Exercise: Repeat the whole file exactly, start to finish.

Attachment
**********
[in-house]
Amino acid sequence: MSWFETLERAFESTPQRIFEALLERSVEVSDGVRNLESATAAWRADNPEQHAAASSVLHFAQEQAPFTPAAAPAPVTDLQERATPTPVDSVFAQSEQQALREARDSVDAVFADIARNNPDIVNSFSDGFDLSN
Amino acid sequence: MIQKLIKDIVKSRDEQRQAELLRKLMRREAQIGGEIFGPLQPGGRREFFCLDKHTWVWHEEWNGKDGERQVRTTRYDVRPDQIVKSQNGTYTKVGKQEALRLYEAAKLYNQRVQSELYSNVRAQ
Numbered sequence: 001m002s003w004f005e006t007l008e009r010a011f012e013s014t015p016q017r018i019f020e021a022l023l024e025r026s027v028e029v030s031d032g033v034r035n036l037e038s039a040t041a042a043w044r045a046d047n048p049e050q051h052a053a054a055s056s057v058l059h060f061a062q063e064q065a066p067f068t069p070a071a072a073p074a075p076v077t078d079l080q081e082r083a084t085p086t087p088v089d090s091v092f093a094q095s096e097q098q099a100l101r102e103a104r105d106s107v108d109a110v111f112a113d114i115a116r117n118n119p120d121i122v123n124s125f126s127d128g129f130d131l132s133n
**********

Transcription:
[in-house]
Amino acid sequence: MSWFETLERAFESTPQRIFEALLERSVEVSDGVRNLESATAAWRADNPEQHAAASSVLHFAQEQAPFTPAAAPAPVTDLQERATPTPVDSVFAQSEQQALREARDSVDAVFADIARNNPDIVNSFSDGFDLSN
Amino acid sequence: MIQKLIKDIVKSRDEQRQAELLRKLMRREAQIGGEIFGPLQPGGRREFFCLDKHTWVWHEEWNGKDGERQVRTTRYDVRPDQIVKSQNGTYTKVGKQEALRLYEAAKLYNQRVQSELYSNVRAQ
Numbered sequence: 001m002s003w004f005e006t007l008e009r010a011f012e013s014t015p016q017r018i019f020e021a022l023l024e025r026s027v028e029v030s031d032g033v034r035n036l037e038s039a040t041a042a043w044r045a046d047n048p049e050q051h052a053a054a055s056s057v058l059h060f061a062q063e064q065a066p067f068t069p070a071a072a073p074a075p076v077t078d079l080q081e082r083a084t085p086t087p088v089d090s091v092f093a094q095s096e097q098q099a100l101r102e103a104r105d106s107v108d109a110v111f112a113d114i115a116r117n118n119p120d121i122v123n124s125f126s127d128g129f130d131l132s133n